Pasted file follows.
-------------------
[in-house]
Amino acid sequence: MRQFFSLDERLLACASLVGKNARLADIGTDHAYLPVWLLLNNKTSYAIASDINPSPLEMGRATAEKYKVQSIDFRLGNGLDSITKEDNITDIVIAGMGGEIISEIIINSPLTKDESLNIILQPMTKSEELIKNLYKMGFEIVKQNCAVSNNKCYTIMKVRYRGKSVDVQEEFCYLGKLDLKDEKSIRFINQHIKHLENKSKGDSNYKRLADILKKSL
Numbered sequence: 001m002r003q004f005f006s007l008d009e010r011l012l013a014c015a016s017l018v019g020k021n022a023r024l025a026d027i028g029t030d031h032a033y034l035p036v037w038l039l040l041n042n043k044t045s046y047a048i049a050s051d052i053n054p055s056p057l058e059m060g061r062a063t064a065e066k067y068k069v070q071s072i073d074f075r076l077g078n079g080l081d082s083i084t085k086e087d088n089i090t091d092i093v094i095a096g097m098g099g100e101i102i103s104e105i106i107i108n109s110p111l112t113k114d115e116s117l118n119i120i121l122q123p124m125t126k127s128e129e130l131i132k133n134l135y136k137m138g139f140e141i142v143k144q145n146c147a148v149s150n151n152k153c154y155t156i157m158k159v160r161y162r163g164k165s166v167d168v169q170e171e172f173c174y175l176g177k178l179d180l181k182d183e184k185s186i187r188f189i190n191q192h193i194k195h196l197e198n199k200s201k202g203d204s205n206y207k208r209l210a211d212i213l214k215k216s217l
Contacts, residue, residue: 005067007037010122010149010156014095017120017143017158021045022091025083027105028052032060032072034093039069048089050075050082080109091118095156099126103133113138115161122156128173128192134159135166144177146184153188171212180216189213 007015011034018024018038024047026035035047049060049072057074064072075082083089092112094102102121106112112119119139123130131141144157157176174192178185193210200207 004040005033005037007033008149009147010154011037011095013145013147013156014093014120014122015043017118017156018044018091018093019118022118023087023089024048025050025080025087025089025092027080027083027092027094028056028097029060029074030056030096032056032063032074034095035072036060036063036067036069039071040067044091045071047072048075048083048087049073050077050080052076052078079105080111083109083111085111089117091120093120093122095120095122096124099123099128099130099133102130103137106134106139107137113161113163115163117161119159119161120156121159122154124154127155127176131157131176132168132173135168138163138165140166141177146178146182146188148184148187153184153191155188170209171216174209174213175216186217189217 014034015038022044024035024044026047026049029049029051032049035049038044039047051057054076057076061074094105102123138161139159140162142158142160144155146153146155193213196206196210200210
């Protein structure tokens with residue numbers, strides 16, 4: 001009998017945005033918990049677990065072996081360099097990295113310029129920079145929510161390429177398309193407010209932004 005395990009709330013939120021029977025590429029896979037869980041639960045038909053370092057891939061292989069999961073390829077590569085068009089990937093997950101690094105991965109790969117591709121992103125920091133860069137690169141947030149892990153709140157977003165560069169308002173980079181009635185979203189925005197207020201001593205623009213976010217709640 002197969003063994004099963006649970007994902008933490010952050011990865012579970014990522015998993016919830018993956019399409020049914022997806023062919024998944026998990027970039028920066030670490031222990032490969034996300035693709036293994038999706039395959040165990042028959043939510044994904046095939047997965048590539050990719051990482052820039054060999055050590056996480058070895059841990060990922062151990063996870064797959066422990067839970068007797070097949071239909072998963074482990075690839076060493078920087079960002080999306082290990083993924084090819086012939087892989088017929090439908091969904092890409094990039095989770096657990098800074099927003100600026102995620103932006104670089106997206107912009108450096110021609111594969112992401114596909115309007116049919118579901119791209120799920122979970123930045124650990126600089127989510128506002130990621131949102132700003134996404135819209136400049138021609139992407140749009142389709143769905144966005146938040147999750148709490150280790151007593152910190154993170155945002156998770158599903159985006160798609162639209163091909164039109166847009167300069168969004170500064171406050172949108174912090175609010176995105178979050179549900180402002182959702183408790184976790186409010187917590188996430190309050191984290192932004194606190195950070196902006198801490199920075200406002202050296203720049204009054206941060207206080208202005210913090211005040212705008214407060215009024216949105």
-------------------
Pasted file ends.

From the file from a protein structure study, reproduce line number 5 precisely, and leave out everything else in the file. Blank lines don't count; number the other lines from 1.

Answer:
């Protein structure tokens with residue numbers, strides 16, 4: 001009998017945005033918990049677990065072996081360099097990295113310029129920079145929510161390429177398309193407010209932004 005395990009709330013939120021029977025590429029896979037869980041639960045038909053370092057891939061292989069999961073390829077590569085068009089990937093997950101690094105991965109790969117591709121992103125920091133860069137690169141947030149892990153709140157977003165560069169308002173980079181009635185979203189925005197207020201001593205623009213976010217709640 002197969003063994004099963006649970007994902008933490010952050011990865012579970014990522015998993016919830018993956019399409020049914022997806023062919024998944026998990027970039028920066030670490031222990032490969034996300035693709036293994038999706039395959040165990042028959043939510044994904046095939047997965048590539050990719051990482052820039054060999055050590056996480058070895059841990060990922062151990063996870064797959066422990067839970068007797070097949071239909072998963074482990075690839076060493078920087079960002080999306082290990083993924084090819086012939087892989088017929090439908091969904092890409094990039095989770096657990098800074099927003100600026102995620103932006104670089106997206107912009108450096110021609111594969112992401114596909115309007116049919118579901119791209120799920122979970123930045124650990126600089127989510128506002130990621131949102132700003134996404135819209136400049138021609139992407140749009142389709143769905144966005146938040147999750148709490150280790151007593152910190154993170155945002156998770158599903159985006160798609162639209163091909164039109166847009167300069168969004170500064171406050172949108174912090175609010176995105178979050179549900180402002182959702183408790184976790186409010187917590188996430190309050191984290192932004194606190195950070196902006198801490199920075200406002202050296203720049204009054206941060207206080208202005210913090211005040212705008214407060215009024216949105």